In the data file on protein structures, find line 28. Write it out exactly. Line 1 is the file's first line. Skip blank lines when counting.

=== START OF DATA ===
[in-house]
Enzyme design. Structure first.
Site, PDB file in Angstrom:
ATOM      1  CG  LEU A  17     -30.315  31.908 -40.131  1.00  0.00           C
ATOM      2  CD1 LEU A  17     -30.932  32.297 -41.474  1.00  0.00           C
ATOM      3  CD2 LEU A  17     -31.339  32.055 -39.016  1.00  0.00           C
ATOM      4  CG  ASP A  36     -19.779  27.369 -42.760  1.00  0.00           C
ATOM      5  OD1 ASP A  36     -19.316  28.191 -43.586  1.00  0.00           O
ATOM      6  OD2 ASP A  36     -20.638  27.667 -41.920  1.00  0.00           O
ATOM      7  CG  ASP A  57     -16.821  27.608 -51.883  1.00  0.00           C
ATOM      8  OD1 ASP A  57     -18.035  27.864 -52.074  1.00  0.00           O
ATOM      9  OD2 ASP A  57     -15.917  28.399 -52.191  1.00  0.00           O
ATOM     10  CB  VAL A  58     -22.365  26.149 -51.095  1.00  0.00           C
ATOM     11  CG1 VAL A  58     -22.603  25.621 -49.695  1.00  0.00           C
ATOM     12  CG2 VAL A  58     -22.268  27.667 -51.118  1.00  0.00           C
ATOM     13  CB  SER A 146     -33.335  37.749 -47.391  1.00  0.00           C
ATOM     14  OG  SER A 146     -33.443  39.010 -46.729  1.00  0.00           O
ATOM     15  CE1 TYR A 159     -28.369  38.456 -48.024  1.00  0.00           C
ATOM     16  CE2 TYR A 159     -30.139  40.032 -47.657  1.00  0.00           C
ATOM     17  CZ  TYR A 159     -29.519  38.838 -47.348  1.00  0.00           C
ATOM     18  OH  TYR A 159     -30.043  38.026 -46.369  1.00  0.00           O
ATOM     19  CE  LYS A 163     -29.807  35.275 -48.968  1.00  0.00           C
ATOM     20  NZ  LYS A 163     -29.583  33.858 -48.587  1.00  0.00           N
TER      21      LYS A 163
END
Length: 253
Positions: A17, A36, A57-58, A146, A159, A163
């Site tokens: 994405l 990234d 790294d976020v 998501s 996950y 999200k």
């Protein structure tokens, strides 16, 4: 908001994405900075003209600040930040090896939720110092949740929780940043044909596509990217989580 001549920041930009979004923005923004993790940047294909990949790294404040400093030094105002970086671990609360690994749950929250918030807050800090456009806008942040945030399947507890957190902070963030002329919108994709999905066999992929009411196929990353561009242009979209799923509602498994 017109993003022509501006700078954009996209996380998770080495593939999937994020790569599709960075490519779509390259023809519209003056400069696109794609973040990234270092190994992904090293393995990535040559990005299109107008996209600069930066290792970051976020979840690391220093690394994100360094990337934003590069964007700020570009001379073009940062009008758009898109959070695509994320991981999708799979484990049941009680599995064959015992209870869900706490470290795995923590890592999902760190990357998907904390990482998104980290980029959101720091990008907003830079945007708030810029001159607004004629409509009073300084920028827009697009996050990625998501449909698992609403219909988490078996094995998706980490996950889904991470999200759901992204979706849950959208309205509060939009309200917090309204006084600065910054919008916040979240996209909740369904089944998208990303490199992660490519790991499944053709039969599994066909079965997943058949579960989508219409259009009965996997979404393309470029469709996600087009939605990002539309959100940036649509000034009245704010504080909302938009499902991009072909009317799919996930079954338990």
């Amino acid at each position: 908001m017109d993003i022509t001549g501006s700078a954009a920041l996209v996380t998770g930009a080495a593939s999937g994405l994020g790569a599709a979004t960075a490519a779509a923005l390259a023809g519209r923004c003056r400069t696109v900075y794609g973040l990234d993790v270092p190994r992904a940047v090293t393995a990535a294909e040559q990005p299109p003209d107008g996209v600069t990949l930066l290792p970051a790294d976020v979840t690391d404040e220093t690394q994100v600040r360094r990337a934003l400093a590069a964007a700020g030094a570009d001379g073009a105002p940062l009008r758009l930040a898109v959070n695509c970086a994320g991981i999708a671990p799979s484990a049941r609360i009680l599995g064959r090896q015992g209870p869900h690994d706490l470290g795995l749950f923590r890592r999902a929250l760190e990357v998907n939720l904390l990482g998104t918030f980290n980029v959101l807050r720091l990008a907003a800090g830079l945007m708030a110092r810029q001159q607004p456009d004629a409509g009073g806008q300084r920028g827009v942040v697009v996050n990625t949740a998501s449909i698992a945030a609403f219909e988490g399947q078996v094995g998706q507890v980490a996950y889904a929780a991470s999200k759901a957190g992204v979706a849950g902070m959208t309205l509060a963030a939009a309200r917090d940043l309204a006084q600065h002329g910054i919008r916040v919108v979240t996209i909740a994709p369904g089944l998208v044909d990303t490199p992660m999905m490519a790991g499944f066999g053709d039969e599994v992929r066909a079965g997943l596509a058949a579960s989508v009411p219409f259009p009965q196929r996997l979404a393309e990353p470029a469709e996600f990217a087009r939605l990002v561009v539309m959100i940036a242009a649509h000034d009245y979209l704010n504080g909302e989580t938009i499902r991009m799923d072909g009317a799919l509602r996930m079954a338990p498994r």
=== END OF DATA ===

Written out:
């Site tokens: 994405l 990234d 790294d976020v 998501s 996950y 999200k």